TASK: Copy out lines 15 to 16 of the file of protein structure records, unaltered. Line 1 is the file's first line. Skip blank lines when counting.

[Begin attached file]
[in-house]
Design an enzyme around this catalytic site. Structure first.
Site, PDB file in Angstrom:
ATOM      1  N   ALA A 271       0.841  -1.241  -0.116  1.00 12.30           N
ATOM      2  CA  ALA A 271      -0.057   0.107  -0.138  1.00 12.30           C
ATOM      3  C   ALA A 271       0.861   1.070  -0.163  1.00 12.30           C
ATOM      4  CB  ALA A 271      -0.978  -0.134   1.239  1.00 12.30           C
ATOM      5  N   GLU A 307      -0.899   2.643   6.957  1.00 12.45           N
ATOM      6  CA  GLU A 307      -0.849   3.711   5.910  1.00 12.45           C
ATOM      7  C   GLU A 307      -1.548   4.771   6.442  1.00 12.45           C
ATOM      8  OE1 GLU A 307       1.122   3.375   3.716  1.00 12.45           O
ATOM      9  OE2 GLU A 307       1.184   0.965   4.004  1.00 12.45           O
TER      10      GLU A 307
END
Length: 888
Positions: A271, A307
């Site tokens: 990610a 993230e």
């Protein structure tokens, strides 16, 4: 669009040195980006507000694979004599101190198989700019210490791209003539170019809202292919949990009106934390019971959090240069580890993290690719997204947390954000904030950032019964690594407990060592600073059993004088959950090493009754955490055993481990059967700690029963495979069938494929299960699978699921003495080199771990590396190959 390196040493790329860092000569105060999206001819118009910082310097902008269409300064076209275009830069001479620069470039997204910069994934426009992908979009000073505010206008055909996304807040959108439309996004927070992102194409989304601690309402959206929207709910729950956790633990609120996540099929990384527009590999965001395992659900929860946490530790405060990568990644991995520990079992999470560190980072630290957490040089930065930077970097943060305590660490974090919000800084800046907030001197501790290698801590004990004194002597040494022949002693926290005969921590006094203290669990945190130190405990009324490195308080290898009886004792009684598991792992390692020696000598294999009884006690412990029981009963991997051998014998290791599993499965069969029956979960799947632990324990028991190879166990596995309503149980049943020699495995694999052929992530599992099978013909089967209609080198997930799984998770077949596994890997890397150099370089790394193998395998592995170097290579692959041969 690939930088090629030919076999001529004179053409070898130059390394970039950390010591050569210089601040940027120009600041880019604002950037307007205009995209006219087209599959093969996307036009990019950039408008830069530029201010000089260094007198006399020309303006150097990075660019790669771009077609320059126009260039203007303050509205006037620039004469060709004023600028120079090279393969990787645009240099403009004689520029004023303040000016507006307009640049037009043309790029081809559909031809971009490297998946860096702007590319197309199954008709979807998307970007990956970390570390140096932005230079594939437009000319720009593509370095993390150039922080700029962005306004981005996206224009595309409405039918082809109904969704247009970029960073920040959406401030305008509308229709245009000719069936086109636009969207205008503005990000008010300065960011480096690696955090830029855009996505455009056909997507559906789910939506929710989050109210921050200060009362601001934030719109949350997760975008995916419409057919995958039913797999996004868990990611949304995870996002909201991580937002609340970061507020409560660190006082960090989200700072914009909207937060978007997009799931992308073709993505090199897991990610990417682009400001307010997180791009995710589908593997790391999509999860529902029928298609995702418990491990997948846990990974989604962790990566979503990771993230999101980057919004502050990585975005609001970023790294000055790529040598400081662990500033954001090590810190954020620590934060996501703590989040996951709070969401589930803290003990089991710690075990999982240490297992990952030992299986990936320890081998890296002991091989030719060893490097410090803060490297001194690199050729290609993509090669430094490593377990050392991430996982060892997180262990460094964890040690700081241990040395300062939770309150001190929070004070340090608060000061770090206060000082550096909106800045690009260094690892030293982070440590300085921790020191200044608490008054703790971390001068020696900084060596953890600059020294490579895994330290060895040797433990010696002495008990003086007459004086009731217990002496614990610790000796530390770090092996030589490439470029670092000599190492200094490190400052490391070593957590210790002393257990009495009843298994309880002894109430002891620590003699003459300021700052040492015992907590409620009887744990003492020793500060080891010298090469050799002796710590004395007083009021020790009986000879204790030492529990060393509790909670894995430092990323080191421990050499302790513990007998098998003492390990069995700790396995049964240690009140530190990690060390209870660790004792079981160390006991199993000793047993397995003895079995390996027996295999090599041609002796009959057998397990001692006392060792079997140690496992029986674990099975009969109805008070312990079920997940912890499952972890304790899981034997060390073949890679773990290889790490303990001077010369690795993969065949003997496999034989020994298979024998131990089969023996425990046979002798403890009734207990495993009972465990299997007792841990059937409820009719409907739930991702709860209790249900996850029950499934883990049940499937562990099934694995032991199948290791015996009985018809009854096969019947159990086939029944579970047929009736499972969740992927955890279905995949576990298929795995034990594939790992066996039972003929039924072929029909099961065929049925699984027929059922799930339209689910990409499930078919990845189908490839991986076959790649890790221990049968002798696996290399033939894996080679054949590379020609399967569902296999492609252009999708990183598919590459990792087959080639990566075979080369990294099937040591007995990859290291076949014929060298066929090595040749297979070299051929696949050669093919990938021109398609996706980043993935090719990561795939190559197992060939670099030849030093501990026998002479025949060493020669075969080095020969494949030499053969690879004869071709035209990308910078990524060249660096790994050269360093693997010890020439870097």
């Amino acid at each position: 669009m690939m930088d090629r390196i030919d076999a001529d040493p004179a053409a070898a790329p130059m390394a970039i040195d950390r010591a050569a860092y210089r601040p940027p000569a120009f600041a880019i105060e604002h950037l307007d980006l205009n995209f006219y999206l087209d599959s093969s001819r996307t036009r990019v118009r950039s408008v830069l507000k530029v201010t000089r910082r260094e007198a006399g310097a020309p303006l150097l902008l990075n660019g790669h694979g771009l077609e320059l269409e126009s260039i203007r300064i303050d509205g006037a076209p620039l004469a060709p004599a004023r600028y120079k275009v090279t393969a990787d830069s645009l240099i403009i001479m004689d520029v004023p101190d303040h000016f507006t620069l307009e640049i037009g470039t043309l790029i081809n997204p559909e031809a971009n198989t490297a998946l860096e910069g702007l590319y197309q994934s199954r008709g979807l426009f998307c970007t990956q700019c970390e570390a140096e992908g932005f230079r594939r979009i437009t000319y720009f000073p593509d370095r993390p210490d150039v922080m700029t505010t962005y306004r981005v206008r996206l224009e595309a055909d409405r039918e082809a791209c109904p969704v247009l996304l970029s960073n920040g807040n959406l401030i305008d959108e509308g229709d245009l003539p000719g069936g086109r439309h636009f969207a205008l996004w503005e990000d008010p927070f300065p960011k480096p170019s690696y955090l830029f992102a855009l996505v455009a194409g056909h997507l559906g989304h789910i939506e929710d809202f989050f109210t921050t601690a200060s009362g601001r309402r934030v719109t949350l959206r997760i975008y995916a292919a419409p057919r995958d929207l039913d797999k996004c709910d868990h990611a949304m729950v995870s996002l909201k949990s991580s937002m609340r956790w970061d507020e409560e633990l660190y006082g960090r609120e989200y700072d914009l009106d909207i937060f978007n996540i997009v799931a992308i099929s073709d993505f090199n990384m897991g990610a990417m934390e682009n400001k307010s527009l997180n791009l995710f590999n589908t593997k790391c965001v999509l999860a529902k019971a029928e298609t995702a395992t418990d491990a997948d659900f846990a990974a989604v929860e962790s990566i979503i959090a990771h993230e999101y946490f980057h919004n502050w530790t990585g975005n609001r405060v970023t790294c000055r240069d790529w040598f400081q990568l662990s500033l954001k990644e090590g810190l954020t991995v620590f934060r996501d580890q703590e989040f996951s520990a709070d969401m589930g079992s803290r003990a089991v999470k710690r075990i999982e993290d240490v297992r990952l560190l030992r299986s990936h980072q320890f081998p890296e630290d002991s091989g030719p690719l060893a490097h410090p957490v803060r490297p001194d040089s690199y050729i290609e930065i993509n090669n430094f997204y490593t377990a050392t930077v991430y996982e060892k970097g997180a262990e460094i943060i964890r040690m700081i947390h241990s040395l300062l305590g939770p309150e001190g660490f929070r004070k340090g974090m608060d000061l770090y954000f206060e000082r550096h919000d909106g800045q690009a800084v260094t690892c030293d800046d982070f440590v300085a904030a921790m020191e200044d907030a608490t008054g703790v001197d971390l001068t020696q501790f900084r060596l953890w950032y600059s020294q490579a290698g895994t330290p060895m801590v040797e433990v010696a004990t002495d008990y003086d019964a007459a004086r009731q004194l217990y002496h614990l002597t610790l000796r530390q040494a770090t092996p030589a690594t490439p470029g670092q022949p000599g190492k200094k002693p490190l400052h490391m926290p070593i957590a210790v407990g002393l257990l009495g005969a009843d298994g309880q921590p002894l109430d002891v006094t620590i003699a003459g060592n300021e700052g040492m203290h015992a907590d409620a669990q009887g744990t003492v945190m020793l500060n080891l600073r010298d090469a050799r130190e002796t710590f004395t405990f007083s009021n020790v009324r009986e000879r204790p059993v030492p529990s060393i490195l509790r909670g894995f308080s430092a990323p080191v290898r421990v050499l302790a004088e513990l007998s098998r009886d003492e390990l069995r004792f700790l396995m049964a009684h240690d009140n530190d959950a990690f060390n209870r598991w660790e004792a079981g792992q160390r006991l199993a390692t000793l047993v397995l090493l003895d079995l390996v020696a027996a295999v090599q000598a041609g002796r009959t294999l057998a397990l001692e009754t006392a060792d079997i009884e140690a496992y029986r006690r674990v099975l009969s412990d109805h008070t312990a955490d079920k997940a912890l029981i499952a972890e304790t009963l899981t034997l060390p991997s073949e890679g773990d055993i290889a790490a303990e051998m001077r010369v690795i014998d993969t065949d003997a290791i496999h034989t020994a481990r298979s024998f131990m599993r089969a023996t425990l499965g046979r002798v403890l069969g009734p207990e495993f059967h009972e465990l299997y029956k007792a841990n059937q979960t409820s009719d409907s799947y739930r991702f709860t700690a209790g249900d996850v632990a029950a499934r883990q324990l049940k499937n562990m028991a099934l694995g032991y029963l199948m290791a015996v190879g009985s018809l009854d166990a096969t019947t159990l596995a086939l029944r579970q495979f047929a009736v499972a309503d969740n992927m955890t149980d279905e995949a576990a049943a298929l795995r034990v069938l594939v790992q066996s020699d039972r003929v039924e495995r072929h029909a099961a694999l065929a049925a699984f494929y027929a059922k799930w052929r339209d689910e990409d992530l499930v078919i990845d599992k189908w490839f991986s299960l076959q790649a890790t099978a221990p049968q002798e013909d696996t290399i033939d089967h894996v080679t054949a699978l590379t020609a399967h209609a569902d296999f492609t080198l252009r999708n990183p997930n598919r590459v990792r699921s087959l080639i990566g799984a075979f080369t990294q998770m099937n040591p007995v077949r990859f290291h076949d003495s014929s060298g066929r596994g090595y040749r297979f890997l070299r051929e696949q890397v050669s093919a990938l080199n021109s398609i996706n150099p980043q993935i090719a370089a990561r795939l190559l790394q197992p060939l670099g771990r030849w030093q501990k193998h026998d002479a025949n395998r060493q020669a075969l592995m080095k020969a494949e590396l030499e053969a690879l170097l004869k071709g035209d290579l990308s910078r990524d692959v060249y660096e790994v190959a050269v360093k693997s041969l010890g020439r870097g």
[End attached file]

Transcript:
Length: 888
Positions: A271, A307